B. He did pitch in the AL Central for 4 seasons and was ok for 3 of them. Over 3 WAR for 3 of the 4. He got lit up in Seattle and then did ok for the Cubs (that 2.1 WAR came in only 113 IP). I’d want to look at why he did so poorly for the Mariners, why he improved with the Cubs, and how he’s doing now. If you have some positive answers there (ST not looking so positive) and the price is right… might be worth a look. The Cubs apparently owe him $8 mill ($6 mill in 2011 + $2 mill buyout)… so they wouldn’t have to eat that much to make it somewhat attractive financially.

      If the Cubs are chipping in money and asking for few prospects in return could at least be worth considering at some point this season. Certainly if everyone else bombs.

  13. paul says:

    scout ok, but just say no to silva. i still am all for garcia #4, colon #5…see how it plays out for a while…have nova #1 at scranton and have him ready…
    manny double a with betances, let brackman roll at scranton…
    but silva-no way jose!

  14. steve (different one) says:

    If the #6 org in MLB didn’t want this guy…

  15. Dr. O says:

    Carlos Silva? Sure! Extended Warranty? How can I lose?!

    • Mike Myers says:

      Haha, awesome. Fatman Colon and Freddy do acutally have a waranty, we can cut em.

      Silva in NY = Javy X2….no good.

  16. DSFC says:

    Silva is terrible

  17. brockdc says:

    No “whimsy” tag. Damn.

  18. Tom Zig says:

    I’d rather have Zambrano than Silva. Silva is nuts and has sucky stuff. Zambrano is nuts but still has pretty good stuff.

    • Ted Nelson says:

      Yeah, if all else were equal. It’s not though. Just speculation, but I speculate that Zambrano is an integral part of the Cubs rotation going into 2011 while Silva is in danger of not getting a rotation spot. (Could change at some point in the season.) So, the cost to acquire them probably isn’t equal. Definitely not in terms of $, where Silva is owed $8 mill by the Cubs and Zambrano is owed $35 mill (possibly 54 over 3 years if he finished 1st or 2nd in 2011 Cy Young or top 4 in 2012 Cy Young and finished 2012 healthy). You ask the Cubs to pitch in $4 mill for Silva and you owe him $4 mill. $4 mill for Zambrano and you still owe him $31 or 50 mill. Then there are prospects… After the way Zambrano finished 2010 the Cubs may be looking for something close to an Ace-type package for Zambrano. More than a borderline prospect for Silva is unlikely even if the Cubs are eating money.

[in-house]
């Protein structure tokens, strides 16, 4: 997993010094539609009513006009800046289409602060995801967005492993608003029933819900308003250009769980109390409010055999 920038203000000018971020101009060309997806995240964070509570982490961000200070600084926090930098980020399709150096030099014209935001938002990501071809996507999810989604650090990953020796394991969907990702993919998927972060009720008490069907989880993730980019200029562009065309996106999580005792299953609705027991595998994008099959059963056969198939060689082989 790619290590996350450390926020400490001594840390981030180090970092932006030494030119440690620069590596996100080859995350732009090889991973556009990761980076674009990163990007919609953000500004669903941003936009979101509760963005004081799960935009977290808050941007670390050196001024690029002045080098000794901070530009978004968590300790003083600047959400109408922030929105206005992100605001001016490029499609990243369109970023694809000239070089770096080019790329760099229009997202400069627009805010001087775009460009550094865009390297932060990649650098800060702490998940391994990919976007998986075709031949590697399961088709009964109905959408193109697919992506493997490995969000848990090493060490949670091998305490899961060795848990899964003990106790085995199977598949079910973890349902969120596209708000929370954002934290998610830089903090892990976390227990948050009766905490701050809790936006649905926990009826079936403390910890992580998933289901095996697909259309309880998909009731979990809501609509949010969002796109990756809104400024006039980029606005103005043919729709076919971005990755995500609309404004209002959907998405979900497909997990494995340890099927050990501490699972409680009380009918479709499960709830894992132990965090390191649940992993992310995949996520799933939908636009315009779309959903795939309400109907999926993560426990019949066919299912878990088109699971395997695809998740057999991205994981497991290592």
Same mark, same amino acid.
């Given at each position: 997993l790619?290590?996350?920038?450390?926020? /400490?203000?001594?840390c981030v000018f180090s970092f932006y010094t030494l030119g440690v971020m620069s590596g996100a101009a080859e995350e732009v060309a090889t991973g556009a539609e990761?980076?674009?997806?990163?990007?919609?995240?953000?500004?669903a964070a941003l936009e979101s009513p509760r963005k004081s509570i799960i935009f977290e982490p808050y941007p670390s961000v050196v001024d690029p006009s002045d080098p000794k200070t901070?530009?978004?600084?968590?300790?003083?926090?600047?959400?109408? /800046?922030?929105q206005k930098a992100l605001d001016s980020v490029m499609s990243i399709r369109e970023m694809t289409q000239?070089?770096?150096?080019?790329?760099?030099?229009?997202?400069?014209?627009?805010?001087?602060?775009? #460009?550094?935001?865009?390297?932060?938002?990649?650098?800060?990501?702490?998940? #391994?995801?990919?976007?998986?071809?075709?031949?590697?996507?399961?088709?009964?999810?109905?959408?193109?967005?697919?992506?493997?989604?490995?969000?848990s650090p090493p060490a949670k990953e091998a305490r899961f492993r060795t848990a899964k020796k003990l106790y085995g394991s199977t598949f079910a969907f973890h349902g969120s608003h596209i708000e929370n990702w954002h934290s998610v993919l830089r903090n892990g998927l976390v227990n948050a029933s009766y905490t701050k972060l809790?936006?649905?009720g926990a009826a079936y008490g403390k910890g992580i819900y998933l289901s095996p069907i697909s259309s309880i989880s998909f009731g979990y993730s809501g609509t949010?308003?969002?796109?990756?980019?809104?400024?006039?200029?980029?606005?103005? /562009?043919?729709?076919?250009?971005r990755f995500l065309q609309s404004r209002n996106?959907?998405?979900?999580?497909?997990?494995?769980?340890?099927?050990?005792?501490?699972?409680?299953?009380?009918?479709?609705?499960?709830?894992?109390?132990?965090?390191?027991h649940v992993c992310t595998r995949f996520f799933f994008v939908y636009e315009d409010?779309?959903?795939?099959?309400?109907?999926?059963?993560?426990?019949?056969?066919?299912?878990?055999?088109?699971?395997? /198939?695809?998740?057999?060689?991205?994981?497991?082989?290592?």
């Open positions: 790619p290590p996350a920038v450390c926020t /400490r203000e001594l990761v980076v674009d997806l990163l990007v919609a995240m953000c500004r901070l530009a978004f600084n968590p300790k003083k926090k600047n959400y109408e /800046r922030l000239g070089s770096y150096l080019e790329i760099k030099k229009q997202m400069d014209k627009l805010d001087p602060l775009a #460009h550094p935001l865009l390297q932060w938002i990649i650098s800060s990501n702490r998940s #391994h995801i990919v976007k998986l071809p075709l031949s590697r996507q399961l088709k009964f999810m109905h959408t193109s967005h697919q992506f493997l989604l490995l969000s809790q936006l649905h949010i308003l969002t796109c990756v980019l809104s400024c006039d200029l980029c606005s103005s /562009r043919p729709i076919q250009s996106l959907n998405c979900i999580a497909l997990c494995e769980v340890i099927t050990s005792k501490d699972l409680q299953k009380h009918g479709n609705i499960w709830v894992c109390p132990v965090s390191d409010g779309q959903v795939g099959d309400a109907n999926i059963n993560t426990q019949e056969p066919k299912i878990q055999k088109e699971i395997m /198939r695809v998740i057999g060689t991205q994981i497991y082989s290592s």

19. Fernando P says:

    Forget Silva, he would be a disaster in the AL East. I’m all for Garcia and Nova with Mitre as the long man…and Colon given his walking papers. It’s time to develop some of the young guys, so let’s see what Nova can do.